- Up to $300 in annual Equinox credits
- Up to $300 in SoulCycle credits
- Up to $240 in annual digital entertainment credits
- Up to $200 in annual hotel credits
- Up to $200 in annual airline fee credits
- Up to $200 in annual Uber credits
- Up to $189 in annual CLEAR credits
- Up to $155 in annual Walmart+ credits
- Up to $100 in annual Saks credits
As you can see, that’s potentially $1,800+ worth of annual credits. What’s the catch? These credits aren’t nearly as straightforward as the ones on Capital One and Chase cards. These credits are largely broken down by month, and come with lots of restrictions on what they can be redeemed for.
Some cardmembers will roughly breakeven on the annual fee with how they actually use these credits. Others may come out way ahead. Before you get the Amex Platinum Card, definitely do research on the terms associated with the credits, and how much value you’d get from them.
This is only one aspect of the card, though. The Amex Platinum Card also offers the most comprehensive airport lounge access of any credit card. You get a Priority Pass membership, access to Delta Sky Clubs (when flying Delta same day), Amex Centurion Lounge access, and much more.
Citi AAdvantage Executive Mastercard
The Citi® / AAdvantage® Executive World Elite Mastercard® (review) has a $450 annual fee. While it’s not as well-rounded as the other premium cards, I think it’s worth covering, as it offers one of my favorite credit card perks.
Most significantly, the card offers an American Admirals Club membership for the primary cardmember. That already represents a discount, as a membership would otherwise cost you a minimum of $550 per year if purchased directly from American.
But it gets much better than that. You can add up to 10 authorized users to the card at no extra cost, and they each receive Admirals Club access as well. Each authorized user is able to bring up to two guests or their immediate family into Admirals Clubs.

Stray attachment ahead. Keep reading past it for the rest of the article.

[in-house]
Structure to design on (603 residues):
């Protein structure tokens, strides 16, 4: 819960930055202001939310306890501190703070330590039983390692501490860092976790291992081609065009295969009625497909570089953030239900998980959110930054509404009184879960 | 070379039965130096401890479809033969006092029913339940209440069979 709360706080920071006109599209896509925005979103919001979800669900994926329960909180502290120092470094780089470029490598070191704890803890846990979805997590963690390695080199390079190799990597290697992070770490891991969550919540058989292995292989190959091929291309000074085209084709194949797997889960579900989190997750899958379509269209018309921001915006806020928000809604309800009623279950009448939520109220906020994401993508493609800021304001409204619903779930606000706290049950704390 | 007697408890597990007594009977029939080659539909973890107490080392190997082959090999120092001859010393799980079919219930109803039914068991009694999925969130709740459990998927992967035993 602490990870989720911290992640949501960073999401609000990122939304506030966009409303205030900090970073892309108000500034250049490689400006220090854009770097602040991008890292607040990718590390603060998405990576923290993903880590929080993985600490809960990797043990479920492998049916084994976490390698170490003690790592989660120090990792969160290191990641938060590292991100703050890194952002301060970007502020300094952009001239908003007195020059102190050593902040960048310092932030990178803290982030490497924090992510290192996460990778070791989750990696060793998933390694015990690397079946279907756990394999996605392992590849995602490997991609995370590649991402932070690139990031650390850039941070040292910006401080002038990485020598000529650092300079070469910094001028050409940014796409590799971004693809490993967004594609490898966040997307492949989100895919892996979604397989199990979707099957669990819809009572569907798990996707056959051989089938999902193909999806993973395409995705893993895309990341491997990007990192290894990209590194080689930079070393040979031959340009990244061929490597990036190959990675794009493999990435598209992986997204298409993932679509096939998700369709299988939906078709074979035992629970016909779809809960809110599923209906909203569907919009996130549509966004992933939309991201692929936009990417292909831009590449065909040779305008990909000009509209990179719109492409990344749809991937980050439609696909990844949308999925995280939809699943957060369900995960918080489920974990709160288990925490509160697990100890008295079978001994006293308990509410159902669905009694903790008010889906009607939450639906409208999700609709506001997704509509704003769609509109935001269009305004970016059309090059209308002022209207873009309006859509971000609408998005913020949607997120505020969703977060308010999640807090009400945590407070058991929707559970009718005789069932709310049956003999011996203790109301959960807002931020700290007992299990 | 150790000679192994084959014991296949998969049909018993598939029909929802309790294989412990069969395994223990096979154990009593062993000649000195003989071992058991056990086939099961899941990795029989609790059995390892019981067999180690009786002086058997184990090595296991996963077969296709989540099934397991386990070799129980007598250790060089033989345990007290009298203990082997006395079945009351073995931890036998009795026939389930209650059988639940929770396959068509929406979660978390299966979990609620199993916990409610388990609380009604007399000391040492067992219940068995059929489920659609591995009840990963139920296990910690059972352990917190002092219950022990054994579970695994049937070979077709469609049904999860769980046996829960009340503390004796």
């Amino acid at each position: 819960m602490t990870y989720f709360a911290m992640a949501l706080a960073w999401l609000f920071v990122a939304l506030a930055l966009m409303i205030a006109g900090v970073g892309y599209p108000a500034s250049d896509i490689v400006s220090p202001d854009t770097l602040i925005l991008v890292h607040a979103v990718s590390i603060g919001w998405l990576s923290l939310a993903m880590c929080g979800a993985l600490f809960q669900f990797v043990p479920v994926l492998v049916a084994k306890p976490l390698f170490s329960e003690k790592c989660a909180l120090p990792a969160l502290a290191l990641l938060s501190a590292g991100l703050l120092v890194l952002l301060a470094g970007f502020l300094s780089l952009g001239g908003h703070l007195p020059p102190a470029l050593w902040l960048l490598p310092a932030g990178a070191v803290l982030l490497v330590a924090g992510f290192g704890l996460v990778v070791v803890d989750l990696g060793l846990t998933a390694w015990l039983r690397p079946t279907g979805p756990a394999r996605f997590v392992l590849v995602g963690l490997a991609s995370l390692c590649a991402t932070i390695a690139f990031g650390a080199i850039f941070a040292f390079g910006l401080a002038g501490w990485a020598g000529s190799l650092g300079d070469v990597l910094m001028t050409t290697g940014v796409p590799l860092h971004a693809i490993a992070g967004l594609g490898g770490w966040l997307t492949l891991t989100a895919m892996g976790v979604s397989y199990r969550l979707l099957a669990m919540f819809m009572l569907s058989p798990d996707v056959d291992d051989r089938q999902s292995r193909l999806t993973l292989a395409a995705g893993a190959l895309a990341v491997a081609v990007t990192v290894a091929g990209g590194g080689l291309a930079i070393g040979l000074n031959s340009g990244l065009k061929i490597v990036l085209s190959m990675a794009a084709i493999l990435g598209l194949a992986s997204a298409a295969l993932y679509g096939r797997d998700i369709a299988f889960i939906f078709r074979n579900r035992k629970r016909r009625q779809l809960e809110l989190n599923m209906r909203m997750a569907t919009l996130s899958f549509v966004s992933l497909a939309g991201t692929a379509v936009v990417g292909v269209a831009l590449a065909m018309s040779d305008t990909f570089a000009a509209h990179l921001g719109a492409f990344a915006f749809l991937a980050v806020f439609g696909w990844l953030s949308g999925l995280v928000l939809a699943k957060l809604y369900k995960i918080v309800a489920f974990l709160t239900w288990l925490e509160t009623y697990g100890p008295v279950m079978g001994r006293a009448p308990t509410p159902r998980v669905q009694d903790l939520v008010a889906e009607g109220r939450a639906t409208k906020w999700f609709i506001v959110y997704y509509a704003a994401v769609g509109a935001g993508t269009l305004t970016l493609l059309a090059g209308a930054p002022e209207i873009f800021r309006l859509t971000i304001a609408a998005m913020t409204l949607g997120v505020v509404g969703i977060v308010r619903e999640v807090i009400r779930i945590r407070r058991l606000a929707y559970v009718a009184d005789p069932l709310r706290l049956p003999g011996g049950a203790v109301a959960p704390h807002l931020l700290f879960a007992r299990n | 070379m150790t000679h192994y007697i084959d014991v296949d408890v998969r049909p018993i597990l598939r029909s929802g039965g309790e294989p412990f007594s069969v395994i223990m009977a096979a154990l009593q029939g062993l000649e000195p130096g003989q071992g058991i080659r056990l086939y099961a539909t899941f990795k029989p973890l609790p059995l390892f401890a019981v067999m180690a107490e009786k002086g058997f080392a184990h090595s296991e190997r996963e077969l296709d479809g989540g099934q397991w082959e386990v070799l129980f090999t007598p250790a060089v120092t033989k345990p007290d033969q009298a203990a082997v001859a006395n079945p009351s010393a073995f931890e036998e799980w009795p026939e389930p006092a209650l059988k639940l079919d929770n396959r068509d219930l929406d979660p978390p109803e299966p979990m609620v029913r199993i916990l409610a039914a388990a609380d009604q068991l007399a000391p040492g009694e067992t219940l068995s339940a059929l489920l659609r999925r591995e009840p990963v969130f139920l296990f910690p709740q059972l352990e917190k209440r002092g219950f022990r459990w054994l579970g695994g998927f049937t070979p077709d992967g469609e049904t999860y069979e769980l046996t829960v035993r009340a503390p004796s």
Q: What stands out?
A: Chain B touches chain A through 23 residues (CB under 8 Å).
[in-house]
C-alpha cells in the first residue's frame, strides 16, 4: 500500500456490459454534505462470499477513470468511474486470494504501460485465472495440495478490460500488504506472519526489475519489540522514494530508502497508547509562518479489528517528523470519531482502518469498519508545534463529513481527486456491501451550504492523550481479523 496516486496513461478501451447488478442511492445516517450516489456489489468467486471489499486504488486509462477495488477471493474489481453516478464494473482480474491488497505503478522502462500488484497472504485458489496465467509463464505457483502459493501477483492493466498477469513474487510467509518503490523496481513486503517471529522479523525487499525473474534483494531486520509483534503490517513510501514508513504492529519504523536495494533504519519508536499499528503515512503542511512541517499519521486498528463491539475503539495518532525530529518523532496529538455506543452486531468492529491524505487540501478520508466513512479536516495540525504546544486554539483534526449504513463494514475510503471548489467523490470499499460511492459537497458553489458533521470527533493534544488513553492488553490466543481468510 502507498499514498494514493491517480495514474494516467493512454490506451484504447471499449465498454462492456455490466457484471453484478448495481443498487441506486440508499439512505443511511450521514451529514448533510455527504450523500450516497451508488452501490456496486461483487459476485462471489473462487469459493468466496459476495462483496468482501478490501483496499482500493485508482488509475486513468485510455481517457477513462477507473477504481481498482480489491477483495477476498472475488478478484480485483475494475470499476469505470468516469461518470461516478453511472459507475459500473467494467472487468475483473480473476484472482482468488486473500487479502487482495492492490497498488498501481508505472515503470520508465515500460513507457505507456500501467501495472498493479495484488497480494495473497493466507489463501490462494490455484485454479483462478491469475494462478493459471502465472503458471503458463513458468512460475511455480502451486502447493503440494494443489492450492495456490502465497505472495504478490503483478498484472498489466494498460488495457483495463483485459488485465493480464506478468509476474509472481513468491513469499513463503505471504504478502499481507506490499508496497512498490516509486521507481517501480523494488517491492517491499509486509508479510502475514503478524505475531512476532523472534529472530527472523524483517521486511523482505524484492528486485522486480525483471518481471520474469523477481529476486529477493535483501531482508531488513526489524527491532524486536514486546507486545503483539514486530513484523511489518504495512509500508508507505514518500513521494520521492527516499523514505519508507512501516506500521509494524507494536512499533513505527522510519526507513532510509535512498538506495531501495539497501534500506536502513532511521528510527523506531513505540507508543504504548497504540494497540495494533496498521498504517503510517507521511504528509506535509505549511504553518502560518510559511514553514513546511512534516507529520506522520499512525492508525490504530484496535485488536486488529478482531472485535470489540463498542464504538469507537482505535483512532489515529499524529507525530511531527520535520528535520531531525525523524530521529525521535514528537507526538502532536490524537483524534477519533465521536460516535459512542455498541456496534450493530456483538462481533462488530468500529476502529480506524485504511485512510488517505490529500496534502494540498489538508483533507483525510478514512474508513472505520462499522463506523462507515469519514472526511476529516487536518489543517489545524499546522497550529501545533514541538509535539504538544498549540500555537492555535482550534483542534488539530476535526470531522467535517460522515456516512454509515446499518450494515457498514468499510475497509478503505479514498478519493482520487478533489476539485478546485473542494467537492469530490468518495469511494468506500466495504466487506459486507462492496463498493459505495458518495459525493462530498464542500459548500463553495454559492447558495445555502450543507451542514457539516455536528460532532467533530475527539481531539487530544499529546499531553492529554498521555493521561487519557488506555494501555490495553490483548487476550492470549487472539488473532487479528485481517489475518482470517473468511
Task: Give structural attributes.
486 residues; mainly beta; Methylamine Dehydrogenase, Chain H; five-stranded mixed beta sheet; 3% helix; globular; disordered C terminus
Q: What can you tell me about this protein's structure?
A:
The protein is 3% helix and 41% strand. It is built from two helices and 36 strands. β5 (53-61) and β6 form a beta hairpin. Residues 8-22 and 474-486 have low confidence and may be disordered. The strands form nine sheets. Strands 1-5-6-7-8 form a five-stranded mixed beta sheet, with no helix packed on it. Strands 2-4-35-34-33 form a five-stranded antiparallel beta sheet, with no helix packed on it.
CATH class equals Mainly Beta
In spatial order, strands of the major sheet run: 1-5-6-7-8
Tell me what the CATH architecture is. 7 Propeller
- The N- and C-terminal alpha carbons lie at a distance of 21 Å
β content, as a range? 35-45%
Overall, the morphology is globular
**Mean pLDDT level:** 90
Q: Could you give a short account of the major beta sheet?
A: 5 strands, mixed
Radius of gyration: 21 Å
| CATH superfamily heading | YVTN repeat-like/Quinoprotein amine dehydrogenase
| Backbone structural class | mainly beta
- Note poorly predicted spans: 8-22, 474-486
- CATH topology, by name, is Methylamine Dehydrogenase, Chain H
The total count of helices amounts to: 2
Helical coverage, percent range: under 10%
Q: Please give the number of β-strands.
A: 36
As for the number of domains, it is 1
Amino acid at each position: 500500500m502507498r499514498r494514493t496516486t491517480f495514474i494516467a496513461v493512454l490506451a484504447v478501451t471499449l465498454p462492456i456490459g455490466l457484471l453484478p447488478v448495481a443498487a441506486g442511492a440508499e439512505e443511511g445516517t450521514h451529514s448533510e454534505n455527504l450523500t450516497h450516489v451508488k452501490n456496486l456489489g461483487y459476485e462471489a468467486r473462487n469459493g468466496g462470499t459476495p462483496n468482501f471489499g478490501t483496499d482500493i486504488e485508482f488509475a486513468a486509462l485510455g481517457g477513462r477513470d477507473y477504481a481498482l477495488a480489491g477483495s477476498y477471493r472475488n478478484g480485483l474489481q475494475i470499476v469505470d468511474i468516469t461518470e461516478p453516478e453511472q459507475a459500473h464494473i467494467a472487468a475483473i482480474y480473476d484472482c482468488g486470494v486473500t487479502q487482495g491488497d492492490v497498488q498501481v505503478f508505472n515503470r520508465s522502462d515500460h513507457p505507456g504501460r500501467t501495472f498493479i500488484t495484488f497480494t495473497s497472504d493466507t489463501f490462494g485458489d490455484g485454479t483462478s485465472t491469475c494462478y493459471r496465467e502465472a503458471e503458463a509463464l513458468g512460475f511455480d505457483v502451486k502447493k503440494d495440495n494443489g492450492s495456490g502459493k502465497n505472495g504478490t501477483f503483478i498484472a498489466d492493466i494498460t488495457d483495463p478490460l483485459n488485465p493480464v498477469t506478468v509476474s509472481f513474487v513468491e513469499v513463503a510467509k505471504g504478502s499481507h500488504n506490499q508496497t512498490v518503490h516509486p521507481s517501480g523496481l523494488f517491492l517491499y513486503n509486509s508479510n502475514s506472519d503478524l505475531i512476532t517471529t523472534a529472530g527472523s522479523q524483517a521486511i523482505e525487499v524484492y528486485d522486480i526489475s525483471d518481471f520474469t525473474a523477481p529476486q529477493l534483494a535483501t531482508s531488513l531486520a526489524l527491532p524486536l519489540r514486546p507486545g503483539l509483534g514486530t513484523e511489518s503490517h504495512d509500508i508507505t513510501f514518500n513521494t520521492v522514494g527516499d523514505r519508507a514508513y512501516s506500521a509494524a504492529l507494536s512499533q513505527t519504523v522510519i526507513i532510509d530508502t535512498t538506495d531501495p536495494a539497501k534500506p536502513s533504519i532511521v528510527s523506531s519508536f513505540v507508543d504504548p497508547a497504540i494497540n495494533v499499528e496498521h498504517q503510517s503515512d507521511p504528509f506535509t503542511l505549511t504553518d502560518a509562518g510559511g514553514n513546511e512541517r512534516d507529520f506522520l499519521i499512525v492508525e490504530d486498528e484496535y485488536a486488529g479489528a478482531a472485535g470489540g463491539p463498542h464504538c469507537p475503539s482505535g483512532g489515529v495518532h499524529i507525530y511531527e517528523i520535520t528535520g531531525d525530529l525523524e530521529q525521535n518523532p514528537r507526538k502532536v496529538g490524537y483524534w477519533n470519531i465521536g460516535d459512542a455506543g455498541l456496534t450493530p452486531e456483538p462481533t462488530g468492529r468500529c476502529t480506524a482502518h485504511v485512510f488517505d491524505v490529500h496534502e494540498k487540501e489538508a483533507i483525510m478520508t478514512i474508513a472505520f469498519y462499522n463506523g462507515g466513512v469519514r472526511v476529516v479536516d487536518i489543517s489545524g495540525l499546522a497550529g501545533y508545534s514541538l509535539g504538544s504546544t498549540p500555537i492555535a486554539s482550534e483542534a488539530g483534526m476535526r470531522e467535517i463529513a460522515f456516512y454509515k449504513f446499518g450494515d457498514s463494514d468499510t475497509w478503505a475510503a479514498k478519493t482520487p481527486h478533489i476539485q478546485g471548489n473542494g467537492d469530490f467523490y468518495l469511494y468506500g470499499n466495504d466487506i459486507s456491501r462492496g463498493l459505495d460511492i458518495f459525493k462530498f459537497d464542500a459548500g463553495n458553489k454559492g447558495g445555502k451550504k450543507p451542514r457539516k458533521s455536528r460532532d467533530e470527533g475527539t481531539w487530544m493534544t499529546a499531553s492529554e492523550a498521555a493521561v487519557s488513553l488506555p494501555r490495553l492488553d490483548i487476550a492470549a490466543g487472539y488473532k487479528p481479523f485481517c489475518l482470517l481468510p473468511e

This means that your $450 annual fee card is really getting Admirals Club access for up to 11 people (along with their guests), which almost seems too good to be true. Again, it’s not for everyone, but if you’re an American Airlines frequent flyer, it’s a no-brainer.
There are credit cards at just about all price points. While many people have no issue picking up a no annual fee or sub-$100 annual fee card, premium credit cards with high annual fees are a different story.
I’m not saying everyone should pick up a credit card with a $300+ annual fee, though I do think the cards are easier to justify than most would assume. That’s especially true with a card like the Capital One Venture X, which offers annual credits and perks that more than justify the annual fee.
Cards like the Chase Sapphire Reserve aren’t slam dunks in quite the same way, but make a lot of sense for those who want to earn travel rewards, value lounge access, and appreciate travel protection when things go wrong.
The Amex Platinum Card has the potential to be the most rewarding of the bunch, despite the high annual fee. However, maximizing it requires a lot more research and effort than with the other cards.
What’s your take on the value proposition of premium credit cards? Which do you find to be worthwhile?
The following links will direct you to the rates and fees for mentioned American Express Cards. These include: The Platinum Card® from American Express (Rates & Fees).